As the 131st Ohio General Assembly continues to get underway, Senate Democrats recently introduced three bills regulating employers’ use of consumer credit reports, criminal histories and social media accounts.
Senate Bill 65 (Sen. Charleta Tavares) would prohibit the use of credit ratings or consumer credit history in making decisions regarding a person’s employment. The bill would forbid an employer from using a credit report in “any manner directly or indirectly related to employment.” This would specifically include hiring and firing decisions as well as decisions about the terms, conditions and privileges of employment. A violation would be an unlawful discriminatory practice. Not only would this bill prevent an employer from using credit reports for entry-level positions (where such a report is probably unwarranted), it would prevent an employer from using a credit report for CFO, treasurer, or controller positions (where credit history is arguably job-related). Similar legislation has been enacted in at least seven states (California, Connecticut, Hawaii, Illinois, Maryland, Oregon, and Washington).
Senator Tavares, along with Senator Cecil Thomas, also introduced Senate Bill 70 to restrict employers’ access to applicants and employees private electronic accounts (essentially e-mail and social media). With two narrow exceptions, employers would be prohibited from asking applicants or employees for access to their private electronic accounts and from taking adverse or retaliatory action for failing to provide that access. Employers would still be permitted to monitor and access their own accounts that employees or applicants use, as well as to continue to monitor certain securities accounts. Otherwise, a violation would be an unlawful discriminatory practice. Notably, Ohio’s law contains no exception for workplace investigations like investigating the misappropriation of trade secrets, violations of the law, or violations of workplace policies where the investigation arises because of information on an employee’s personal account. About 18 states already have similar laws (including Louisiana, New Hampshire, Oklahoma, Rhode Island, Tennessee, and Wisconsin), and, in 2015, legislation restricting such access has been introduced in more than 21 states.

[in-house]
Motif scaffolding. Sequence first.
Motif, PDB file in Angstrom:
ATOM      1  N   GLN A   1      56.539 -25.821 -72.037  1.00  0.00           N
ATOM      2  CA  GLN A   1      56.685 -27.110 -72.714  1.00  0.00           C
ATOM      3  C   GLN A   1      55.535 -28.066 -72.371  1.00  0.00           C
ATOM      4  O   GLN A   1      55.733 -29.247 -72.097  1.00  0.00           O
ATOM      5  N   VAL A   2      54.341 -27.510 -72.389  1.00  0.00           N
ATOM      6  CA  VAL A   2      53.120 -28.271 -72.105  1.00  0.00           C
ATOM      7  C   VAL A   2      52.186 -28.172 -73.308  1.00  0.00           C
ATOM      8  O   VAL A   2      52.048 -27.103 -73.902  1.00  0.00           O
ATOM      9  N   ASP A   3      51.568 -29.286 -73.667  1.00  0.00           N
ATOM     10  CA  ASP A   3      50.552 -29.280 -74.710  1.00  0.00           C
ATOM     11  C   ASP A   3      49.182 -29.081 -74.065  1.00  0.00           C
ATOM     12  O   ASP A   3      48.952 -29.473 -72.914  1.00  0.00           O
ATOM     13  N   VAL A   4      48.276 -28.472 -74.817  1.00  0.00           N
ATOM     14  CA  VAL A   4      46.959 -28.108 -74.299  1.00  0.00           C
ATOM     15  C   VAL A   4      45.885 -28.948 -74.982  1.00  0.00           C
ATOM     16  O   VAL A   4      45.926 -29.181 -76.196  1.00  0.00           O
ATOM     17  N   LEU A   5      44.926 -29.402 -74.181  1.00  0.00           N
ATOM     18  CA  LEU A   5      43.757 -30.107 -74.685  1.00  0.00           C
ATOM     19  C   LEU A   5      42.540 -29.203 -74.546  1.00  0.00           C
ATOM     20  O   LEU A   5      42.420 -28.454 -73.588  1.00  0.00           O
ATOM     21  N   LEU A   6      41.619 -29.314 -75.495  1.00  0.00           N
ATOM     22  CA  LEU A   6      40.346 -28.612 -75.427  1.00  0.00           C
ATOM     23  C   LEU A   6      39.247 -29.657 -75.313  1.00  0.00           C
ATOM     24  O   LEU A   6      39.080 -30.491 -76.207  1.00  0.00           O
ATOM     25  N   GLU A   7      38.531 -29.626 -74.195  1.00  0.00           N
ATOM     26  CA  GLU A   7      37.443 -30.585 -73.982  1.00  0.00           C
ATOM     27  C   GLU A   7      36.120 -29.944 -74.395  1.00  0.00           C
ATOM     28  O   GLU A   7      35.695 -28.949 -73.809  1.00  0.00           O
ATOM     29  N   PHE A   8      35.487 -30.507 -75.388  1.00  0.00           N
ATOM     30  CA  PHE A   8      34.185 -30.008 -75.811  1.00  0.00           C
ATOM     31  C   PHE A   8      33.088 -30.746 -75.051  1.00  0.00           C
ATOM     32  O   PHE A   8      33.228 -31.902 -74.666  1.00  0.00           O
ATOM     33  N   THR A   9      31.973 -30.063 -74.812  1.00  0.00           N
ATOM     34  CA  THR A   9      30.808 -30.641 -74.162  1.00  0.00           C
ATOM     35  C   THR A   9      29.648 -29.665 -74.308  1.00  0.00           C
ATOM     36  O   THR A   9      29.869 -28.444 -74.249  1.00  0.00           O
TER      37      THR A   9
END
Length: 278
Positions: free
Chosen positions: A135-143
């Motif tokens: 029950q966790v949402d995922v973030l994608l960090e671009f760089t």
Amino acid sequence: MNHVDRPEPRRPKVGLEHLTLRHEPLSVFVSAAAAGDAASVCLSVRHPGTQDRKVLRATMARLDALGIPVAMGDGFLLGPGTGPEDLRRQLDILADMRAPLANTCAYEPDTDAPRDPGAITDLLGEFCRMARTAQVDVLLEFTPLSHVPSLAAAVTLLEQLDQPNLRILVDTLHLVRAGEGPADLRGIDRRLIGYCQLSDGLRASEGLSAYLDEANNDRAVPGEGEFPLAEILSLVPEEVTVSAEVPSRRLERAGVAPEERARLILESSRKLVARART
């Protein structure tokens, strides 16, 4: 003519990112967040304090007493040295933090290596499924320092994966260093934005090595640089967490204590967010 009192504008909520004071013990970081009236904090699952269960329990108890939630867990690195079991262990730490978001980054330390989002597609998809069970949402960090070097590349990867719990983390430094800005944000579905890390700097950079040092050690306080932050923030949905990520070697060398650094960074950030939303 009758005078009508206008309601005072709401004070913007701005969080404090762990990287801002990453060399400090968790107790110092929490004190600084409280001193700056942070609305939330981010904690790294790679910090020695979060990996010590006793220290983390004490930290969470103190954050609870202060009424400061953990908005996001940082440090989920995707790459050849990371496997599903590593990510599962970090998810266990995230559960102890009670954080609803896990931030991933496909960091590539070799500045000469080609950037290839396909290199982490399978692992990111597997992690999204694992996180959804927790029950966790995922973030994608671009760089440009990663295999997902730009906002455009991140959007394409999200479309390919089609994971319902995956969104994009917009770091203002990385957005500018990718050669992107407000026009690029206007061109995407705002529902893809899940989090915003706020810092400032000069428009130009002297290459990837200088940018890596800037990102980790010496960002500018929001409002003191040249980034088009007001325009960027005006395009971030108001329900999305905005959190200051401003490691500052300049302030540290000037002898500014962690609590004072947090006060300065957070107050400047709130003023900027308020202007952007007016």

Finally, Senator Sandra Williams introduced Senate Bill 79, which prohibits employers from including on an employment application any question concerning whether an applicant has been convicted of or pleaded guilty to a felony. An employer would be permitted to complete a criminal records check as part of the application process “if otherwise permitted by law.” This is similar to other “Ban the Box” laws that have been enacted in other jurisdictions (currently in about 66 cities and counties and 13 states).
Each of these bills impose blanket prohibitions that gloss over the issues employers face when confronted with hiring the right people and managing their workforce. And the bills highlight the challenges multi-state employers face in complying with widely varying state and local laws. Ban-the-box laws may contain additional notice requirements to applicants and limits on the type of criminal record that an employer can consider. Ohio’s Senate Bill 70 restricting employer access to social media passwords would make a violation an act of discrimination; other states’ laws provide different enforcement mechanisms.